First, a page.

The MX record is listed next. This lets the server know what information to give when mail information is requested for sample.com. In this case, it is mail.sample.com, which has a priority of 10. You may list multiple MX records as backup mail servers in case one fails. The lowest number is considered the primary. Notice there is also a corresponding A record that gives the IP address for mail.sample.com. This is required so that the DNS servers know specifically where to direct mail requests for the domain.

An A record is merely the way in which IP address are assigned to subdomain entries, such as www, mail, ftp, or ns. These should always be entered in the format above and will always correspond to an IP address. For example, when a user requests www.sample.com, he or she will be directed to the domain’s Web server at IP address 212.204.219.71.

There is also a CNAME entry in the example above. CNAME, which stands for “canonical name,” is a way of using aliases as opposed to IP addresses. Standard practice dictates these should refer back to A records already in use.

Now that we’ve examined a Master entry in named.conf, let’s look at one for a Slave:
zone "sample2.com" {
type slave;
file "/var/named/sample2.com.zone";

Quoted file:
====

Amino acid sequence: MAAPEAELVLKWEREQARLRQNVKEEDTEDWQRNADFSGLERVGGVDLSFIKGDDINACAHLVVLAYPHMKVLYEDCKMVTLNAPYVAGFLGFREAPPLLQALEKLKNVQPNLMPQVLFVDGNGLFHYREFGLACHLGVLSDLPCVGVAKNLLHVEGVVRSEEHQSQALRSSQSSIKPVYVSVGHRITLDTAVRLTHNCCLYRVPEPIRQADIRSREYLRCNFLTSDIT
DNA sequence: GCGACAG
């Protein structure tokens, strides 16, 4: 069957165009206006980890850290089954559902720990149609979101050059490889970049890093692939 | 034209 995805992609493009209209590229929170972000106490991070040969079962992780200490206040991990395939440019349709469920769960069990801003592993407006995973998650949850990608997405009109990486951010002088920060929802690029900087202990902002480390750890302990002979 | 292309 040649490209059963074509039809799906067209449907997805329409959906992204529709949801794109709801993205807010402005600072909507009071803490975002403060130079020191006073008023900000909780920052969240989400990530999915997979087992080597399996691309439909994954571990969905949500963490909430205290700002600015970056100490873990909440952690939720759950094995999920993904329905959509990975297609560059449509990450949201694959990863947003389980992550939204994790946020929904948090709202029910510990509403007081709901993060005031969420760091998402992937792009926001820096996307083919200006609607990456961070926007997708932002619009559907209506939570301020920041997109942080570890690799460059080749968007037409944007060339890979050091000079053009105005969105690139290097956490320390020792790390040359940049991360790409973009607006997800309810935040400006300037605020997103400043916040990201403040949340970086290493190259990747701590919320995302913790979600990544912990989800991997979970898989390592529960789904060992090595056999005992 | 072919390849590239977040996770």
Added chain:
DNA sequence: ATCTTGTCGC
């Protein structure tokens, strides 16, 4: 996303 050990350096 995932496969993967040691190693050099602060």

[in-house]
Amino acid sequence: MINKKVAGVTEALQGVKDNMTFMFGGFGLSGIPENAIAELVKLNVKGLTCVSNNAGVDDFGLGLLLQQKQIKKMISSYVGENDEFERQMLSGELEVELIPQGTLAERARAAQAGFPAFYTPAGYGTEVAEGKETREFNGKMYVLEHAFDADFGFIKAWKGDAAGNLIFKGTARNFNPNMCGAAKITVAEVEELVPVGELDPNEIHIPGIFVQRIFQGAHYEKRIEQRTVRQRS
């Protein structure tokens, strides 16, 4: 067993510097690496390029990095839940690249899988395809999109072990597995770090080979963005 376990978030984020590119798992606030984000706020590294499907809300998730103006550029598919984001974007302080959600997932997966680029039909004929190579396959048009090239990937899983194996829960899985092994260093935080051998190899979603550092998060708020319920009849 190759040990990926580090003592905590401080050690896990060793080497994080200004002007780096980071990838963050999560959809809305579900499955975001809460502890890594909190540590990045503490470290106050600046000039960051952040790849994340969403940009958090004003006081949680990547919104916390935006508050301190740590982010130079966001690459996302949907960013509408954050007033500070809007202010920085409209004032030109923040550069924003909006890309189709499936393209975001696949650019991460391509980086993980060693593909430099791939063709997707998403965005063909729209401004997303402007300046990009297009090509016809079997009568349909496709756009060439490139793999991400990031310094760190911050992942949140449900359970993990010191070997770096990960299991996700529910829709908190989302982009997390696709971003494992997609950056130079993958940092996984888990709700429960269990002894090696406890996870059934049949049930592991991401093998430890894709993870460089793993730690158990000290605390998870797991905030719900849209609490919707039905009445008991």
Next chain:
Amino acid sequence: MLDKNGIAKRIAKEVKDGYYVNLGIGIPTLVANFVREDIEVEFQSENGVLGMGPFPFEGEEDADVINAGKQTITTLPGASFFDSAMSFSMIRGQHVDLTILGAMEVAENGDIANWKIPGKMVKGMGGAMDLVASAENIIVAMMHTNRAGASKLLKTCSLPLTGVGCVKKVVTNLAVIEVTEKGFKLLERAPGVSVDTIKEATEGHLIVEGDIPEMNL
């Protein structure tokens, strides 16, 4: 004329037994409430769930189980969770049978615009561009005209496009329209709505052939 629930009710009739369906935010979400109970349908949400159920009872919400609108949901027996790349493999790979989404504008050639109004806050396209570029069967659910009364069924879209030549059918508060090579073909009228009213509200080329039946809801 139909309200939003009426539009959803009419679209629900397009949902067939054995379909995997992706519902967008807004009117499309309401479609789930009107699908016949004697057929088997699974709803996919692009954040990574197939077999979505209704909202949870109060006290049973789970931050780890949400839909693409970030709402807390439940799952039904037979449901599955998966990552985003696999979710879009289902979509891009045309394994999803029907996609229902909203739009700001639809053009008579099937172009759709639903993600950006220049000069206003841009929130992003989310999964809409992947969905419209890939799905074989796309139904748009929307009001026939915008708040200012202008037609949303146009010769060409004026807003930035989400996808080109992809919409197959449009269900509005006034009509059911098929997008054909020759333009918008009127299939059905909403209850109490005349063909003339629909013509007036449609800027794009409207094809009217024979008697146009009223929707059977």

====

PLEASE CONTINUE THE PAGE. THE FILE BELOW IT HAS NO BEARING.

master { 10.0.0.1; };

The two main differences are the type, which is either master or slave, and the entry, which gives the IP address of the Master DNS server. Everything else will be the same as in a Master entry.

Starting BIND
The program that needs to run in order to start DNS services is named, pronounced “name D.” You can run this program with the command /etc/rc.d/init.d/named start. If the server is already running, you can use restart. This script, which should be placed into the proper directory upon installation, will run at startup to initiate the server. As always, you should check to make sure named is running by executing a ps aux, which will give you a full list of all current processes.

Conclusion
You now have a good idea of how to get a DNS server started with BIND on Linux. From downloading the latest version to configuring the basics, you should be able to turn a Red Hat Linux machine into a full-fledged DNS server. DNS and BIND are topics that could easily fill the pages of a book—and have. I recommend the documentation that comes with the program, as well as O’Reilly’s DNS and BIND. The resolving of domain names is a requirement for the Internet to function and is an excellent use for Linux.

Do you have tips for configuring BIND on Linux?
We look forward to getting your input and hearing about your experiences regarding this topic. Join the discussion below or send the editor an e-mail.